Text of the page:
Armitage confident after drugs accusation
July 27, 2012
Steffon Armitage is confident that he will clear his name © Getty Images
Toulon flanker Steffon Armitage is confident that he will clear his name after testing positive for a banned substance.
The 26-year-old failed a drugs test after morphine was found in a sample provided in the wake of Toulon's loss to Toulouse in the Top 14 final.
The club has since come out fighting in defence of Armitage - a star performer last season - insisting that the positive was a by-product of legal painkillers prescribed for back pain.
"It's a bit stressful, especially for my family in England," Armitage said. "But I will keep my head held high because I have done nothing wrong.
"I know that everything will soon be sorted, that I will be able to forget about this and come back stronger."
Toulon confirmed their belief that Armitage had not taken anything deemed illegal by the French Agency for the Fight against Doping (AFLD) in a statement.
"Toulon Rugby Club received a letter this Wednesday, July 25, 2012, from the French Rugby Federation reporting an 'abnormal' result from an anti-doping test taken by Steffon Armitage after the Top 14 final on June 9 at the Stade de France," the statement read.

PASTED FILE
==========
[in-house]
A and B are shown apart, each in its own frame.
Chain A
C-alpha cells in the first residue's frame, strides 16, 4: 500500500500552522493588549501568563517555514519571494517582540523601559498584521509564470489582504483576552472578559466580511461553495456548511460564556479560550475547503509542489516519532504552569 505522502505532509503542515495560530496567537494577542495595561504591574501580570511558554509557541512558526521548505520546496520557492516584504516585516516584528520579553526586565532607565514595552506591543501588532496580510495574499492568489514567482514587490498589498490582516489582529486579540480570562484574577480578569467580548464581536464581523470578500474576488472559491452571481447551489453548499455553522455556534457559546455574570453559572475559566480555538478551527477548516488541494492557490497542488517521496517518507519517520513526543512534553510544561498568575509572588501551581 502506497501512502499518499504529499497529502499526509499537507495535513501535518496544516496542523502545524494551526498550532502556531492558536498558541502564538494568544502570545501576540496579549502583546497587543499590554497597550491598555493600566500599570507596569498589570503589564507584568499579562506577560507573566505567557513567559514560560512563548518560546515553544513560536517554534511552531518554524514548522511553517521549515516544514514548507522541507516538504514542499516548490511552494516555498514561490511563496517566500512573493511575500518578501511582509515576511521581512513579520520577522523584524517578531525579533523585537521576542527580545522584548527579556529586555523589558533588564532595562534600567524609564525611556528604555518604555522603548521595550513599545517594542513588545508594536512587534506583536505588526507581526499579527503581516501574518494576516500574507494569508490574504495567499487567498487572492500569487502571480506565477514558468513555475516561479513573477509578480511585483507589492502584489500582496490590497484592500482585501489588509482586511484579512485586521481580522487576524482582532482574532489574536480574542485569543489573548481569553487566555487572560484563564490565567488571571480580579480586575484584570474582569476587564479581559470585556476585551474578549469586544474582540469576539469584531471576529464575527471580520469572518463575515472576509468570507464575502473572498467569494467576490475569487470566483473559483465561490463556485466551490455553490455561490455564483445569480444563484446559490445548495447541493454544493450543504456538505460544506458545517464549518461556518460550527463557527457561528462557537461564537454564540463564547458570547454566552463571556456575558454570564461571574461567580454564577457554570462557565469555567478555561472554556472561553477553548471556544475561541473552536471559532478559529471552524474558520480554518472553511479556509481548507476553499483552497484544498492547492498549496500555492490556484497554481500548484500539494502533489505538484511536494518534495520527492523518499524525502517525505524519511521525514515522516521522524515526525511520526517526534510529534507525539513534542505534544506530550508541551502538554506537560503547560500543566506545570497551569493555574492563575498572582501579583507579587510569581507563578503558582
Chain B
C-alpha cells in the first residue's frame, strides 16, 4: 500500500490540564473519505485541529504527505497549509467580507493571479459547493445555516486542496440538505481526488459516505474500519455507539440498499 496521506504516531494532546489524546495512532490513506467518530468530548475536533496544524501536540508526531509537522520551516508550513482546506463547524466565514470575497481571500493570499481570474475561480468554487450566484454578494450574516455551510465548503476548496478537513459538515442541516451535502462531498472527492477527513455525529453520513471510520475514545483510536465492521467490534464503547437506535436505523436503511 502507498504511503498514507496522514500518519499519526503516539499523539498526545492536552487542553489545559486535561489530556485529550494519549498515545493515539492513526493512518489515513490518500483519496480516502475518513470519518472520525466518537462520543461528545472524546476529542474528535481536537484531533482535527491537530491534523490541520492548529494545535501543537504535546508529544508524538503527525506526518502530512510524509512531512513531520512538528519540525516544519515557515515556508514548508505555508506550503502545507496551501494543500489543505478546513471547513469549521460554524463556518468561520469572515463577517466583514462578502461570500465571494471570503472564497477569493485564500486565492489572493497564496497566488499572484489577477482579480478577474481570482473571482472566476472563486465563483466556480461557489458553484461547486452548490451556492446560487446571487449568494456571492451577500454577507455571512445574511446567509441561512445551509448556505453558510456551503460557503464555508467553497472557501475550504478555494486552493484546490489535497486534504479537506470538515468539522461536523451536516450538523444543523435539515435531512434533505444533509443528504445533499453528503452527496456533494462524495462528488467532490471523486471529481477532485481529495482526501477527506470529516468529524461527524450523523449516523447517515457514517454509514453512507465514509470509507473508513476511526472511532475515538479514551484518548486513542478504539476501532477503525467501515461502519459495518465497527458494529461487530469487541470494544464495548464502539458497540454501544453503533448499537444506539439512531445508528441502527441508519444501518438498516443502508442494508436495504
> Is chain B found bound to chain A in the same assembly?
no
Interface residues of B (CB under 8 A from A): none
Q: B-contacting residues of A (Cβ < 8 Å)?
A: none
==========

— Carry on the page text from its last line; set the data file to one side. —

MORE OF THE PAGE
"Before the game, Steffon Armitage took two tablets of paracetamol codeine, a medicine strictly authorised by the French Agency for the Fight against Doping (AFLD).
"Having suffered with back pain in the week leading up to the game, Steffon Armitage was given anti-inflammatories as well as paracetamol codeine (two to four tablets per day) for these pains. All of the medicines administered are authorised by the AFLD.
"The presence of morphine in Steffon Armitage's urine sample is explained by the fact that 10% of this medicine (paracetamol codeine) is converted naturally into morphine. Steffon Armitage has absolutely not taken any illegal substance to improve his performances, but solely a medicine strictly authorised by the AFLD and well known to all."
© ESPN Sports Media Ltd.
Huw Richards assesses where Wales are after a mixed Six Nations, with front row seats still very much available for the World Cup
Craig Dowd warns England, Ireland and Wales they should play to their strengths rather than those of the All Blacks and the Wallabies
Tom Hamilton runs the rule over just where the six countries stand ahead of the global gathering in September